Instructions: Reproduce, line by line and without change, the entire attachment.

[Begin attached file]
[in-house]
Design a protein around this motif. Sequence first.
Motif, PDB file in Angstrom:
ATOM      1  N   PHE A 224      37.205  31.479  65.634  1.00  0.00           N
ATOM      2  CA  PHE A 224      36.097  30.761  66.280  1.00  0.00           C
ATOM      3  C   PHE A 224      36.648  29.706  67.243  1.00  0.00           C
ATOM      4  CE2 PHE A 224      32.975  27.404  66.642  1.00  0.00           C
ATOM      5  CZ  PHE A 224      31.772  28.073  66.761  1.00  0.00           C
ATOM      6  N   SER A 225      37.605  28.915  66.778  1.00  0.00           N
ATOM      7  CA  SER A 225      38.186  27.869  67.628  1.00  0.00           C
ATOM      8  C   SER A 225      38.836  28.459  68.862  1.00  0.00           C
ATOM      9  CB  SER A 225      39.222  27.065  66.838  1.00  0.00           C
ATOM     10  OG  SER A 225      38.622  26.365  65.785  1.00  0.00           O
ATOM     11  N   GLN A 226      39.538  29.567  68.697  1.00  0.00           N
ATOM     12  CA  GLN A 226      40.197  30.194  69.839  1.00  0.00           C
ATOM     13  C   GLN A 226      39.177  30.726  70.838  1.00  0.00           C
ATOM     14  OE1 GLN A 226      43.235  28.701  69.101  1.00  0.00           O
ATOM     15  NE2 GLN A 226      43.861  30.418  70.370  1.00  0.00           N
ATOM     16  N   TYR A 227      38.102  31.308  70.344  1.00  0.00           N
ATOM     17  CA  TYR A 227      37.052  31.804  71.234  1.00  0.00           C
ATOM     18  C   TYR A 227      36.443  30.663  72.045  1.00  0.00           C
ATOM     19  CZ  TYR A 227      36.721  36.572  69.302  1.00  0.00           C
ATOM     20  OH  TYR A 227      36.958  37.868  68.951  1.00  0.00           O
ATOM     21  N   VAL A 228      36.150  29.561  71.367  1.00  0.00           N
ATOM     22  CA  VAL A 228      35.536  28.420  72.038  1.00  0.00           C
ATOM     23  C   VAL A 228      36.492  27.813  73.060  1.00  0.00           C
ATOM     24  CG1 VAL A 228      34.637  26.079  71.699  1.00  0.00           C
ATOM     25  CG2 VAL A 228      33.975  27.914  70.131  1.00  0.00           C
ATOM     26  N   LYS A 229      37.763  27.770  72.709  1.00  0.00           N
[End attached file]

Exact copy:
[in-house]
Design a protein around this motif. Sequence first.
Motif, PDB file in Angstrom:
ATOM      1  N   PHE A 224      37.205  31.479  65.634  1.00  0.00           N
ATOM      2  CA  PHE A 224      36.097  30.761  66.280  1.00  0.00           C
ATOM      3  C   PHE A 224      36.648  29.706  67.243  1.00  0.00           C
ATOM      4  CE2 PHE A 224      32.975  27.404  66.642  1.00  0.00           C
ATOM      5  CZ  PHE A 224      31.772  28.073  66.761  1.00  0.00           C
ATOM      6  N   SER A 225      37.605  28.915  66.778  1.00  0.00           N
ATOM      7  CA  SER A 225      38.186  27.869  67.628  1.00  0.00           C
ATOM      8  C   SER A 225      38.836  28.459  68.862  1.00  0.00           C
ATOM      9  CB  SER A 225      39.222  27.065  66.838  1.00  0.00           C
ATOM     10  OG  SER A 225      38.622  26.365  65.785  1.00  0.00           O
ATOM     11  N   GLN A 226      39.538  29.567  68.697  1.00  0.00           N
ATOM     12  CA  GLN A 226      40.197  30.194  69.839  1.00  0.00           C
ATOM     13  C   GLN A 226      39.177  30.726  70.838  1.00  0.00           C
ATOM     14  OE1 GLN A 226      43.235  28.701  69.101  1.00  0.00           O
ATOM     15  NE2 GLN A 226      43.861  30.418  70.370  1.00  0.00           N
ATOM     16  N   TYR A 227      38.102  31.308  70.344  1.00  0.00           N
ATOM     17  CA  TYR A 227      37.052  31.804  71.234  1.00  0.00           C
ATOM     18  C   TYR A 227      36.443  30.663  72.045  1.00  0.00           C
ATOM     19  CZ  TYR A 227      36.721  36.572  69.302  1.00  0.00           C
ATOM     20  OH  TYR A 227      36.958  37.868  68.951  1.00  0.00           O
ATOM     21  N   VAL A 228      36.150  29.561  71.367  1.00  0.00           N
ATOM     22  CA  VAL A 228      35.536  28.420  72.038  1.00  0.00           C
ATOM     23  C   VAL A 228      36.492  27.813  73.060  1.00  0.00           C
ATOM     24  CG1 VAL A 228      34.637  26.079  71.699  1.00  0.00           C
ATOM     25  CG2 VAL A 228      33.975  27.914  70.131  1.00  0.00           C
ATOM     26  N   LYS A 229      37.763  27.770  72.709  1.00  0.00           N